Niche technology consultancy firm, Nukon, has been engaged by Melbourne Airport to implement a hybrid operational technology (OT) and information technology (IT) solution featuring the TIBCO Fast Data technology stack.
The deal follows a grand plan by the airport to become ‘smarter’, establishing an Enhanced Airport Coordination Centre (EACC) modelled around the customer experience journey.
Nukon was taken on by the airport to help integrate its siloed systems and combine data from multiple IT and OT sources to provide an intuitive, real-time representation of its current operational situation.
“Based on our capability and industry reputation for delivering real-time automated solutions, we were invited to tender for some work back in September 2015 related to the Melbourne Airport project in terms of formalising business requirements,” explained Nukon senior consultant, Andrew May.
“It was that time we started the customer relationship and we have been helping them implement their strategic vision since then.”
Previously challenged by a silo-based system landscape where each element of information had resided in a different silo, Melbourne Airport tapped Nukon specifically to combine events and information held in different systems into an intuitive and friendly user interface to enhance operational awareness.
“Phase 1 of the project was connecting important operational systems together and providing visualisation for those systems in a consolidated geospatial way,” May said.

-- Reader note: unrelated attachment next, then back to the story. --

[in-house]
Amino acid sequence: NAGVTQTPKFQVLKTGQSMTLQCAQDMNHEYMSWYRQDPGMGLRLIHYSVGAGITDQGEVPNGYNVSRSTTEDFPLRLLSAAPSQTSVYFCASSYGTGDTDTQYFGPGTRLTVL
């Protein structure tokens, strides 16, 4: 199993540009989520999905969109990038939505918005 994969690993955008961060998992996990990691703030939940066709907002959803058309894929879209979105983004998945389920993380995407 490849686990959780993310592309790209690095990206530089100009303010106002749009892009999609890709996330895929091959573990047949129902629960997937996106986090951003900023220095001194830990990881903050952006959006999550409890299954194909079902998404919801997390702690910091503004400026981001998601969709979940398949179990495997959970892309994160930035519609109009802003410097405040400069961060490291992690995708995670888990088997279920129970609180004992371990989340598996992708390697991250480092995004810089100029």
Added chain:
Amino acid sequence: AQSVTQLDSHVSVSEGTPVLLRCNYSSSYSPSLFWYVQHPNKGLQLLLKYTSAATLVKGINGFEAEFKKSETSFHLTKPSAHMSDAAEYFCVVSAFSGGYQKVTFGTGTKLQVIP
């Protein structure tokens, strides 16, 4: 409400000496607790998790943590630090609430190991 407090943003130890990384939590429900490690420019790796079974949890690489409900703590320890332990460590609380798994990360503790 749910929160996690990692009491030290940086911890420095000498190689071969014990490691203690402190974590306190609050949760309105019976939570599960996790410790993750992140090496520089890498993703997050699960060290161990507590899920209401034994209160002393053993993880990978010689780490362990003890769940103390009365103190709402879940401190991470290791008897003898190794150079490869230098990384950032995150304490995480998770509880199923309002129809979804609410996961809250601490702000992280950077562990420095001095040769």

“We worked collaboratively with the airport to formalise those business requirements and translate their vision to both business and technical requirements. We then matched that to technology that would deliver the outcomes they were looking for and then we roadmapped the design and order of implementation.”
Specifically, Nukon implemented TIBCO’s API-based architecture, Enterprise Service Bus platform, StreamBase complex event processing and business rules engines via TIBCO ActiveMatrix BusinessWorks and a REST interface to enable simplistic event driven communication between the independent information systems at Melbourne Airport.
BusinessWorks was used to adapt data from external systems, while StreamBase and Live Datamart was used to interpret, aggregate and publish incoming data streams.
Additionally, May said the deployment of TIBCO Spotfire enables ad-hoc investigations to derive predictive models.
Melbourne Airport ICT strategy, planning and architecture manager, Vic Raymond, said that the system established a "strong foundation" for the continuing integration of information and operational technologies.
“We now have the technology to have a visual overview of real-time operational activities which are occurring at the airport,” he added.
May said in terms of the delivery, the project took a build duration of roughly 12 weeks using Agile project delivery methodologies.
“We are currently sitting in a change adoption phase to sort out the people side of the project. At the moment the technology foundation is there and we are working with the airport around the change adoption piece.”
He added that in addition to realising operational efficiencies in terms of visualising work orders, Melbourne Airport has also seen consolidation of licensing costs from other platforms where that functionality has been rolled into the new technology stack.
“We are really just at the first level of the maturity curve in terms of getting the systems connected together in preparation for moving towards the enhanced response and predictive control type model,” said May.